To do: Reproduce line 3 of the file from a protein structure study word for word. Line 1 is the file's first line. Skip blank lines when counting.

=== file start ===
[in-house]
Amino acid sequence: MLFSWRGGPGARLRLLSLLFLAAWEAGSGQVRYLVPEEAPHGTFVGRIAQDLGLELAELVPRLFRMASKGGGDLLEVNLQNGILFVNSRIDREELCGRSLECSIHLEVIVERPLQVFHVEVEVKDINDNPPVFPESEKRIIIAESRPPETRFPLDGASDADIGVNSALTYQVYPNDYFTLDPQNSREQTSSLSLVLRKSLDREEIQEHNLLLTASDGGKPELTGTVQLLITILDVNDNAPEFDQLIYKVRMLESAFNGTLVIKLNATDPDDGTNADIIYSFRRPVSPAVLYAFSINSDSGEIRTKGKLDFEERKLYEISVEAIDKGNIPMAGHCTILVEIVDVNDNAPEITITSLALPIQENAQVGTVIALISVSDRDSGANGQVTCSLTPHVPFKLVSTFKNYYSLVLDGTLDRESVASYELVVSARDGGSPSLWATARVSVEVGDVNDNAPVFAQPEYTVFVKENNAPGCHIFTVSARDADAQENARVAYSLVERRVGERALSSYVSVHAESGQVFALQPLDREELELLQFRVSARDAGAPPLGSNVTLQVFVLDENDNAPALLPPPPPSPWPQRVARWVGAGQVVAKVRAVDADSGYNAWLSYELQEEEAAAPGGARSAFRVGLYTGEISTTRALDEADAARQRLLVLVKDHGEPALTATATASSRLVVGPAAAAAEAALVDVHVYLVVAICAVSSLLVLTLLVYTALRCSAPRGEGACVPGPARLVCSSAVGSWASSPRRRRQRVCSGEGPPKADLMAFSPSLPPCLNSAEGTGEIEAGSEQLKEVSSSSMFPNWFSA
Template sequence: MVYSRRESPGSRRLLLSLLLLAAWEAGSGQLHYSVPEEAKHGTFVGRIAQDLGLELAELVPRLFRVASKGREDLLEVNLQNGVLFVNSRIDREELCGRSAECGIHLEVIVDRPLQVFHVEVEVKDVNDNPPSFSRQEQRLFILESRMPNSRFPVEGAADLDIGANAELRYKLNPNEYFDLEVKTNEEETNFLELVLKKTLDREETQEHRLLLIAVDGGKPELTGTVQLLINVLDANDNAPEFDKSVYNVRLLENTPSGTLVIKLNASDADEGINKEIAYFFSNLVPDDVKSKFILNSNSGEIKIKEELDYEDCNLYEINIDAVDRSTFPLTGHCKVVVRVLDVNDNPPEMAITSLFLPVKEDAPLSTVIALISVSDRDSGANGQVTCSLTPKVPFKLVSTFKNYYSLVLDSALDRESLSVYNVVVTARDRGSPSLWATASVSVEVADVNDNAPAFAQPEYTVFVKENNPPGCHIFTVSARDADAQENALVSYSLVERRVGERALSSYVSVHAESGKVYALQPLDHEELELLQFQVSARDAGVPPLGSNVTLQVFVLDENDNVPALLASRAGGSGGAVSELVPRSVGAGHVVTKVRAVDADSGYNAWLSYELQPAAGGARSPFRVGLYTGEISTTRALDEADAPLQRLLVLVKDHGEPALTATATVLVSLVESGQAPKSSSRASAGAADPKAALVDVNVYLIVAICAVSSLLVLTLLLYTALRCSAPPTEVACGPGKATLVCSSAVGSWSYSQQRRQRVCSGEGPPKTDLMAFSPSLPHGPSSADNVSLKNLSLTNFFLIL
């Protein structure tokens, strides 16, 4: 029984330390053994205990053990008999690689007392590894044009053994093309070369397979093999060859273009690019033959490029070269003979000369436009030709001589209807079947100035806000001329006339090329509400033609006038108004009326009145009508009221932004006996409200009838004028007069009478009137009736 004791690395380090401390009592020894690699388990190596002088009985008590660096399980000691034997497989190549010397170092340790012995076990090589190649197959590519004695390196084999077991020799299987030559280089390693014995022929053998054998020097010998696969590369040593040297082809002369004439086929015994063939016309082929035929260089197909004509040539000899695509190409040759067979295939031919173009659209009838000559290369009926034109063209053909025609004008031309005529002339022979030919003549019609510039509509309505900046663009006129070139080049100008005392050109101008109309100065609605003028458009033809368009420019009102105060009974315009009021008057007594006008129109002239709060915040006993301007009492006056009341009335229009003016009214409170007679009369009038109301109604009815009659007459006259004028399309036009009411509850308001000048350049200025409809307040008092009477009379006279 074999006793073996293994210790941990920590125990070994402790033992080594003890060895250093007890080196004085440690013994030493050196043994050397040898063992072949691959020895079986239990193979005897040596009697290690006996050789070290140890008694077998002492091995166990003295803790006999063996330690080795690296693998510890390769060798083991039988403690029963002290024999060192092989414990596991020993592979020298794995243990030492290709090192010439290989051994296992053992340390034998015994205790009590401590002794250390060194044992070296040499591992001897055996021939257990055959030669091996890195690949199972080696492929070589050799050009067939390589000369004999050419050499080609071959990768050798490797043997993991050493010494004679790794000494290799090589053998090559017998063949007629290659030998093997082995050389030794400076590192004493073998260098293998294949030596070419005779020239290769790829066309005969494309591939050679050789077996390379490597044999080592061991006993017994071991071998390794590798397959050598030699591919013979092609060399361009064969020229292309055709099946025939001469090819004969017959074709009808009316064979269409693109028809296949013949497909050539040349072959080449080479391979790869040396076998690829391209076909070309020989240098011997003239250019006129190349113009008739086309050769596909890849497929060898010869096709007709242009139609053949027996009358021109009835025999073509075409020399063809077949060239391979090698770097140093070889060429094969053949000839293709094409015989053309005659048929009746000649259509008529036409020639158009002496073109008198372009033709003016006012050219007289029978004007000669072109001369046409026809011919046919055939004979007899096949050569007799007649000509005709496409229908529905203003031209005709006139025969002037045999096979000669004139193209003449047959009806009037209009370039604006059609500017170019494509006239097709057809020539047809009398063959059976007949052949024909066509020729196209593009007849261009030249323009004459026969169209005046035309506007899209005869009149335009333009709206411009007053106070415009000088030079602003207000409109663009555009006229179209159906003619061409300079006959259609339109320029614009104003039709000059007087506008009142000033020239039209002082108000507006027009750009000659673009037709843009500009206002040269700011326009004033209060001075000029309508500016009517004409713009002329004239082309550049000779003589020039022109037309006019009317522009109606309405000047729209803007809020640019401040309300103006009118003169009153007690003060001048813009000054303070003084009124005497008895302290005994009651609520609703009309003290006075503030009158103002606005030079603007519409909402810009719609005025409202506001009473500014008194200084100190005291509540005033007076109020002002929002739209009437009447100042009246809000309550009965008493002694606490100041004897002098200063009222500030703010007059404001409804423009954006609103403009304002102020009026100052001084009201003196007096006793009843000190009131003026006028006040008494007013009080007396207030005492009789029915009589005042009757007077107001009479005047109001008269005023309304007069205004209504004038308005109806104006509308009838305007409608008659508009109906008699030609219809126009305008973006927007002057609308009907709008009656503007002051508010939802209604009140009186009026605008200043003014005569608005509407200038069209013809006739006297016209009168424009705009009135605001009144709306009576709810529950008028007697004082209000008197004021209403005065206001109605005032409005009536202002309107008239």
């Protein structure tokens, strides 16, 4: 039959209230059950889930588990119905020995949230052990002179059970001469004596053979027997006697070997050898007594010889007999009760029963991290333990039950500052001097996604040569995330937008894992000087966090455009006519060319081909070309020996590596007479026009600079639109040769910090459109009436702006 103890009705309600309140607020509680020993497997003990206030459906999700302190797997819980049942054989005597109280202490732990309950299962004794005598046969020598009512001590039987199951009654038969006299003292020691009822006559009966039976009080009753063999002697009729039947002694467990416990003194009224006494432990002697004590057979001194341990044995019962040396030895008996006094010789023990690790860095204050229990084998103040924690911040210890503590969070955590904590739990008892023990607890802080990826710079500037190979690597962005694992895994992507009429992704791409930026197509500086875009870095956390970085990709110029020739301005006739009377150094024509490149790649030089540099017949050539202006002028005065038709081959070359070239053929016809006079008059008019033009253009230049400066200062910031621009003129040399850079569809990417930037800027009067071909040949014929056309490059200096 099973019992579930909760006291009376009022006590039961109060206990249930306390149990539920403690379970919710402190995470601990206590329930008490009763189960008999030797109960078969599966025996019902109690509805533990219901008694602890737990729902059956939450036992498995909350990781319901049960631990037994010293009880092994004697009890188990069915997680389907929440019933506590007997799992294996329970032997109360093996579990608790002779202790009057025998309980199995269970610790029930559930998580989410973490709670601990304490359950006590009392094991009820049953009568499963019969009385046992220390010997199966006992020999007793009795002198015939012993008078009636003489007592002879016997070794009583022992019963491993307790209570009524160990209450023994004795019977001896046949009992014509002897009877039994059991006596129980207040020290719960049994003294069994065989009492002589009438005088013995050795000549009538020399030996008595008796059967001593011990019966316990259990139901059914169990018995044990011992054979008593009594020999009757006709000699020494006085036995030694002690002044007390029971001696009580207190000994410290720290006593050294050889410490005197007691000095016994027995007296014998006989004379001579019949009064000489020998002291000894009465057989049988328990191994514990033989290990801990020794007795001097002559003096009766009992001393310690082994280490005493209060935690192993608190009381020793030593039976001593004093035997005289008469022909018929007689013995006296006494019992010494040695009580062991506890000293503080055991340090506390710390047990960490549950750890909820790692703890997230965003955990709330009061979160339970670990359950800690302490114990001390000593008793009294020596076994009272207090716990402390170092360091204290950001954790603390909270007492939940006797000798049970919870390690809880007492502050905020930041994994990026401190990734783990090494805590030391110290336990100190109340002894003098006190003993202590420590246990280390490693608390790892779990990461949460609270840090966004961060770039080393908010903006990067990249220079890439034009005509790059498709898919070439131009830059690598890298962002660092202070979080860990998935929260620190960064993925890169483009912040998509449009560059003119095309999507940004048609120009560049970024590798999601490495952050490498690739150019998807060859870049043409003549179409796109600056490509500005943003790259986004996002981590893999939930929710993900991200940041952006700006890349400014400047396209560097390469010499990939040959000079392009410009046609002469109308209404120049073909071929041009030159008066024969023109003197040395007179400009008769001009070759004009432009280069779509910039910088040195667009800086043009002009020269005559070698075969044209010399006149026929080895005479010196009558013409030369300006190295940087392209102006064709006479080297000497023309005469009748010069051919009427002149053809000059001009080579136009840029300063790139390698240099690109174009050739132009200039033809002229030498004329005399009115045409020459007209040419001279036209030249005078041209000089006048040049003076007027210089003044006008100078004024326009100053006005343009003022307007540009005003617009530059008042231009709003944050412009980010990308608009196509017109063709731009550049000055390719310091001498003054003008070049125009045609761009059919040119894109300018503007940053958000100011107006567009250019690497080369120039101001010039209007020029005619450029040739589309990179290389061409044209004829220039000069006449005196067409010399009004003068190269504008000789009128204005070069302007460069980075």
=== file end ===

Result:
Template sequence: MVYSRRESPGSRRLLLSLLLLAAWEAGSGQLHYSVPEEAKHGTFVGRIAQDLGLELAELVPRLFRVASKGREDLLEVNLQNGVLFVNSRIDREELCGRSAECGIHLEVIVDRPLQVFHVEVEVKDVNDNPPSFSRQEQRLFILESRMPNSRFPVEGAADLDIGANAELRYKLNPNEYFDLEVKTNEEETNFLELVLKKTLDREETQEHRLLLIAVDGGKPELTGTVQLLINVLDANDNAPEFDKSVYNVRLLENTPSGTLVIKLNASDADEGINKEIAYFFSNLVPDDVKSKFILNSNSGEIKIKEELDYEDCNLYEINIDAVDRSTFPLTGHCKVVVRVLDVNDNPPEMAITSLFLPVKEDAPLSTVIALISVSDRDSGANGQVTCSLTPKVPFKLVSTFKNYYSLVLDSALDRESLSVYNVVVTARDRGSPSLWATASVSVEVADVNDNAPAFAQPEYTVFVKENNPPGCHIFTVSARDADAQENALVSYSLVERRVGERALSSYVSVHAESGKVYALQPLDHEELELLQFQVSARDAGVPPLGSNVTLQVFVLDENDNVPALLASRAGGSGGAVSELVPRSVGAGHVVTKVRAVDADSGYNAWLSYELQPAAGGARSPFRVGLYTGEISTTRALDEADAPLQRLLVLVKDHGEPALTATATVLVSLVESGQAPKSSSRASAGAADPKAALVDVNVYLIVAICAVSSLLVLTLLLYTALRCSAPPTEVACGPGKATLVCSSAVGSWSYSQQRRQRVCSGEGPPKTDLMAFSPSLPHGPSSADNVSLKNLSLTNFFLIL